A Wolchulsan Hike Gone Really Right! — Trek Report

Lately strangers have been showing their kindness more than ever, especially when I went hiking with fellow CouchSurfer Josiah a few weeks ago. This is a story of a Wolchulsan hike gone really right.

Red suspension bridge crossing a chasm high up in the mountains on a Wolchulsan hike.
No Wochulsan hike is complete without crossing this renowned suspension bridge.

Wolchulsan Hike Transportation Challenges

Frequent hiking partners, this time we were trying to get to Yeongam near Gwangju for a Wolchulsan hike, and we’d had bad luck with transportation * all morning, missing all our previous buses by mere minutes.

When we finally arrived in Yeongam, we realised the park was super close and that it would be a waste of precious hiking time to wait for the bus, so we set off down a small road across from the terminal, intending to hitchhike.

Less than a minute passed before the first car drove by. Josiah waved it down and the ajuma (middle-aged woman) driving it pulled over.

“You want a ride? Sure, no problem!” she seemed to say, even though she didn’t speak English.

She drove us passed the gate all the way to the trail head, only about a five or ten minute drive. Nice!

* For directions to Wolchulsan, check out this blog post by BNBnow

Our Wolchulsan Hike

For a great Wolchulsan hike, make sure to take in the breathtaking views!
The Wolchulsan hike features amazing scenery and unique rock formations.

We started our Wolchulsan hike and passed a ton of Koreans, smiling and greeting them.

One guy we passed caught our attention by calling out, “Slow down, guys!”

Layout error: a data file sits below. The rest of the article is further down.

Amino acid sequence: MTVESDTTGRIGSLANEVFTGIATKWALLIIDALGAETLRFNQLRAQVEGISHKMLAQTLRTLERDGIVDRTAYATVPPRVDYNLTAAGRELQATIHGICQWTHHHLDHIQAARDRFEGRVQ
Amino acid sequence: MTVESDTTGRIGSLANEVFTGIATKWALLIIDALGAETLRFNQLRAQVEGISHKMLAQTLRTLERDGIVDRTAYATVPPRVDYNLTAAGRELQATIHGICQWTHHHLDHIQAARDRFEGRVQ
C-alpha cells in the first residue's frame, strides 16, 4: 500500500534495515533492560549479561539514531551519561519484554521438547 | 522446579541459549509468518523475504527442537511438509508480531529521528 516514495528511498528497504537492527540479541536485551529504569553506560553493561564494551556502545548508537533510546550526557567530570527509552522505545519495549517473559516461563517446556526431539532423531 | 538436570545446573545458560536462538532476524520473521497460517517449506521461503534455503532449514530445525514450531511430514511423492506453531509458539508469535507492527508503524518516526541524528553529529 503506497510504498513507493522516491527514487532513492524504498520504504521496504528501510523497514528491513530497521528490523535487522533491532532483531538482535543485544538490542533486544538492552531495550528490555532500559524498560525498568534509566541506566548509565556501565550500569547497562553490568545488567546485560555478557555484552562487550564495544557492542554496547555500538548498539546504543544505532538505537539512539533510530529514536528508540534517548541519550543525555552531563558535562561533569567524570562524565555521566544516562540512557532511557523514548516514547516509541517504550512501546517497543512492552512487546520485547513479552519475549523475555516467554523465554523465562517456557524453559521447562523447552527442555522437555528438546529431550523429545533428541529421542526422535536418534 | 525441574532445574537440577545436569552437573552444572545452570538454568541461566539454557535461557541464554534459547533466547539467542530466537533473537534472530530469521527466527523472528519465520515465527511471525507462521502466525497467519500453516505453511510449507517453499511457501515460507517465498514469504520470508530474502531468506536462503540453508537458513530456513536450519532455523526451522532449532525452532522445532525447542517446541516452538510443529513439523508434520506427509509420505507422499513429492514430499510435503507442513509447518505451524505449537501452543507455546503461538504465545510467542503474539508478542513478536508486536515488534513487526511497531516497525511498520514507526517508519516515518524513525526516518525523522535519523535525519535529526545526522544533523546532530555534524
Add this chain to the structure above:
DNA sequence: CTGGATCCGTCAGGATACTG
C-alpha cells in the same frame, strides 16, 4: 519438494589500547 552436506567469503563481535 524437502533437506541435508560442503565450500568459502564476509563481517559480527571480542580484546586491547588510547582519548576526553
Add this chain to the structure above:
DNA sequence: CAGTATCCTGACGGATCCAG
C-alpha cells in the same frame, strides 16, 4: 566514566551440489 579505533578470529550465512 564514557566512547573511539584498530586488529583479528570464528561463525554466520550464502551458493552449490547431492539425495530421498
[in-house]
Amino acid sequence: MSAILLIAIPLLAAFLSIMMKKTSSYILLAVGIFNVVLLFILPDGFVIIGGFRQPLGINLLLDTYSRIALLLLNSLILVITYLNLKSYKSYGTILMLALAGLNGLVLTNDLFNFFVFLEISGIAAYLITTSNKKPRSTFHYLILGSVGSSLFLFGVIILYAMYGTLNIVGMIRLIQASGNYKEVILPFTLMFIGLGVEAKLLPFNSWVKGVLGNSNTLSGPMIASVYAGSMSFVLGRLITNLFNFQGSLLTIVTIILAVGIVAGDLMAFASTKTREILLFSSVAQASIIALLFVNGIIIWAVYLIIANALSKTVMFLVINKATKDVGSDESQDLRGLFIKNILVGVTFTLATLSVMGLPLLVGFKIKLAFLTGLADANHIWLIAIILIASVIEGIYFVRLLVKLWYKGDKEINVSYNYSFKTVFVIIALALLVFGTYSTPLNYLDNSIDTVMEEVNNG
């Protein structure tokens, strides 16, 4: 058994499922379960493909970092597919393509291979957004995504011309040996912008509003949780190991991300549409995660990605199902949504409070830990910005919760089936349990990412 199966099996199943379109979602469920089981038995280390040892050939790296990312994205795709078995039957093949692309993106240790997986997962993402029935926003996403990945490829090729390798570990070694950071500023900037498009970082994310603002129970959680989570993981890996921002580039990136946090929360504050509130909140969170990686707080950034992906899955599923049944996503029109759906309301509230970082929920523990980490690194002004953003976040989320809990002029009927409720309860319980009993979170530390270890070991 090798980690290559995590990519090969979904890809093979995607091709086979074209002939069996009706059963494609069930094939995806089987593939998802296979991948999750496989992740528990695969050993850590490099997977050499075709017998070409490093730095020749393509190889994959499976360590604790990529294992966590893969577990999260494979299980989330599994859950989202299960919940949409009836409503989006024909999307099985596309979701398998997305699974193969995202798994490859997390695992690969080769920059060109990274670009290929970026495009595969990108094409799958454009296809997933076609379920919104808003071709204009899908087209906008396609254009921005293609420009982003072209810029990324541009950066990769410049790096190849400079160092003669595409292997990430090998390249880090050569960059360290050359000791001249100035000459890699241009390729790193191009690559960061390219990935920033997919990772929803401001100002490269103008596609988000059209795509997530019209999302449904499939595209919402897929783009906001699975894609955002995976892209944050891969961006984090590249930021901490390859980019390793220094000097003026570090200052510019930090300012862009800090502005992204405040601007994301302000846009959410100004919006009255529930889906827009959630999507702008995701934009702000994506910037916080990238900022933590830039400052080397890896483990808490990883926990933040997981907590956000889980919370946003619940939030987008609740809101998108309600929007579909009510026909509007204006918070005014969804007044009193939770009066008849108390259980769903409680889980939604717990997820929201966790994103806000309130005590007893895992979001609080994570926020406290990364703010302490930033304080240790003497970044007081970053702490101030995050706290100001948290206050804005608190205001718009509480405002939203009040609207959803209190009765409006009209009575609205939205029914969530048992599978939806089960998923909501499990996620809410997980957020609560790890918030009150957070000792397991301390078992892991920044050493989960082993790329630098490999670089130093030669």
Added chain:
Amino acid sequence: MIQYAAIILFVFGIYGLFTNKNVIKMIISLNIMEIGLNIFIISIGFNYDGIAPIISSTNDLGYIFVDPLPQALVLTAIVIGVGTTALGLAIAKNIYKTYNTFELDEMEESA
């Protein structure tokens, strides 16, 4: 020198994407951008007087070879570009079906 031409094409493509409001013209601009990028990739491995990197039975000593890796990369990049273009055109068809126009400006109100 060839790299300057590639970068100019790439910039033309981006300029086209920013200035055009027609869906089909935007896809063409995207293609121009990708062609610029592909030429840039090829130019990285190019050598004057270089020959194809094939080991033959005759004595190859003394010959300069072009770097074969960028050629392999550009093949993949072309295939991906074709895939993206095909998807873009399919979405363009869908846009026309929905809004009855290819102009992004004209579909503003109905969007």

Halt.

We turned. “Your English is really good!” exclaimed Josiah.

Turns out Sean (his English name, of course — many Koreans have one they use with foreigners) did his post-secondary education on Long Island.

A Wolchulsan hike features spectacular scenery.

We immediately fell into step with him and continued our Wolchulsan hike with him most of the day.

At one point, he told us he was taking a side trail back home, but that we should call him when we got to the other side of the park and he would come pick us up to bring us back to the bus station. Cool!

A Pleasant After-Hike Surprise

So after our Wolchulsan hike, Sean picked us up as agreed. As we drove by a small cluster of houses, he told us that he lived there, in a traditional hanok house. Would we like to see it?

Of course we would!

He brought us inside and introduced us to his mother, who made us tea and served us chestnuts.

Afterwards, Sean insisted on taking us out for dinner before bringing us to the bus station. My vegetarianism was not an issue; he could get me meatless bimbimbap.

It was really great meeting Sean. It made our Wolchulsan hike extra special (smiley face). I’ve been in touch with him since and will probably go hiking with him again soon enough…

Update
As it turns out, I ended up meeting both Sean and Josiah for a day hike at Naejangsan National Park about a month or two later.

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